The project could give a much needed boost to the area, which the City of LA has neglected for years. Running between the Expo Line and the Green Line, it would provide an important transit link for people in the Crenshaw district and Inglewood. It could also create lots of jobs in neighborhoods where unemployment is high.

One of the key issues is safety. Most LA residents are probably aware of the problems with the Blue Line. There have been over nine hundred accidents at crossings where the trains run at street level, resulting in more than a hundred deaths. This is why many in the community are fighting to make sure this new train runs below grade in some segments. But digging tunnels would increase the cost significantly, and as far as I can tell the city hasn’t actually committed to do this for any segment of the line. The Crenshaw Subway Coalition has posted this document, which outlines their argument against grade level crossings.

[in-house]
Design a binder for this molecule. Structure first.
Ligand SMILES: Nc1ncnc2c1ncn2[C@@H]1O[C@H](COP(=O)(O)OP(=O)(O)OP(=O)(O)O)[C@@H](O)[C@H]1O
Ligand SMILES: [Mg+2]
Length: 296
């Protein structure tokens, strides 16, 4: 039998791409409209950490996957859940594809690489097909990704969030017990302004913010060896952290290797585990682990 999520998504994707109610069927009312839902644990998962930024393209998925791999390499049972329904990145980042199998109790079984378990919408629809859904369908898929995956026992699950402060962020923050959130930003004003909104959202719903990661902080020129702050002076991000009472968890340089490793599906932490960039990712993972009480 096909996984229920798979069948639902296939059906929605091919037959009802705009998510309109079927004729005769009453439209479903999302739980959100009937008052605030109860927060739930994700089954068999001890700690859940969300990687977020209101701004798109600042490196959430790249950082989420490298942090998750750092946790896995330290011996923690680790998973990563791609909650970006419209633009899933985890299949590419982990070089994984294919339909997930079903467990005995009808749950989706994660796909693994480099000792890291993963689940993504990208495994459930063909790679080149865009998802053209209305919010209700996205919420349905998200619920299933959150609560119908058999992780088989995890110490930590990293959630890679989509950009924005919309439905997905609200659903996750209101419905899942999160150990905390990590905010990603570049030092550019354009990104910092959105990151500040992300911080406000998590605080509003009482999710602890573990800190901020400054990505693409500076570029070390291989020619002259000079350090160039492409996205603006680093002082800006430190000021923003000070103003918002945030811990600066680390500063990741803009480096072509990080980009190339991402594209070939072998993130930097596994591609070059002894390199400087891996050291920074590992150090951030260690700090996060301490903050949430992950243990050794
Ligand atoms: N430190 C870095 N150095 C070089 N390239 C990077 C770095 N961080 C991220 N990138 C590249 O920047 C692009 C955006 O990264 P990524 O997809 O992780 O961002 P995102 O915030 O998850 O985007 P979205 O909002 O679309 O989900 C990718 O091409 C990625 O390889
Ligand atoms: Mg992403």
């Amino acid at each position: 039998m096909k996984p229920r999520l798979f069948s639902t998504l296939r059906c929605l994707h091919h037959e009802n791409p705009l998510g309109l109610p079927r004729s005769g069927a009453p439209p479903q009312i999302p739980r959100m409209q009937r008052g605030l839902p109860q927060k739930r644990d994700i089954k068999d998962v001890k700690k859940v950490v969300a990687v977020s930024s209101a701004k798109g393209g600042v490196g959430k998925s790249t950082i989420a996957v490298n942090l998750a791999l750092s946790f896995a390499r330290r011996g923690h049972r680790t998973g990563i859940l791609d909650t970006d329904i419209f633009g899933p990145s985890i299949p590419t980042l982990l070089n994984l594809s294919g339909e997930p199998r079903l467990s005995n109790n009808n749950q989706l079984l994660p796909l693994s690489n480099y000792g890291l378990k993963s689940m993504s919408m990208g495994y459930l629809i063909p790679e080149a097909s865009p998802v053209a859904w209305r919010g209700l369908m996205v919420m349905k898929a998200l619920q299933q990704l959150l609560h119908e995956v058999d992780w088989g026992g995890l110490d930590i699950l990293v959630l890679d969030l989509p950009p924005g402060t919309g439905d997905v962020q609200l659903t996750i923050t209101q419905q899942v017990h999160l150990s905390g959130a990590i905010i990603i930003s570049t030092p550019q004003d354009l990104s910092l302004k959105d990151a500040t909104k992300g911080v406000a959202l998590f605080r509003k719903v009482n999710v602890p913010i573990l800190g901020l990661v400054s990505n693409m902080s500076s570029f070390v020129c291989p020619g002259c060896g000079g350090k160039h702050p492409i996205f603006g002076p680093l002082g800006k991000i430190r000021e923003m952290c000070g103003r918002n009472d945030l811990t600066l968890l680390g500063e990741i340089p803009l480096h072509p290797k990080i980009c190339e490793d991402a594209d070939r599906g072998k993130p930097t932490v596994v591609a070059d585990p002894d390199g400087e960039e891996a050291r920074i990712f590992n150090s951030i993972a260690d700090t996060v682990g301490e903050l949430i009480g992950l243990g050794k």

The link below offers an interview with MTA Chief Art Leahy and gives a general update on the progress of the Crenshaw-LAX Line.


I’ve ridden public transit all my life, and I have to say that getting around LA is much easier now than it was twenty years ago. The MTA has made a lot of progress in recent years, and following a project like this you realize how difficult it can be to make things happen.

TOD? Really?

A few words about “transit oriented development” [TOD]. This is a phrase I hear a lot these days, especially from developers and city officials who want to build massive projects in congested urban areas. The other mantra they love to chant is “new urbanism”. They use these phrases like magic incantations, hoping to ward off opposition to their plans. If you question their sweeping vision for a new LA, you’re living in the past, you’re thinking small, you’re afraid to embrace the future. In reality they show little interest in the kind of careful, nuanced planning that would actually make the city a better place to live.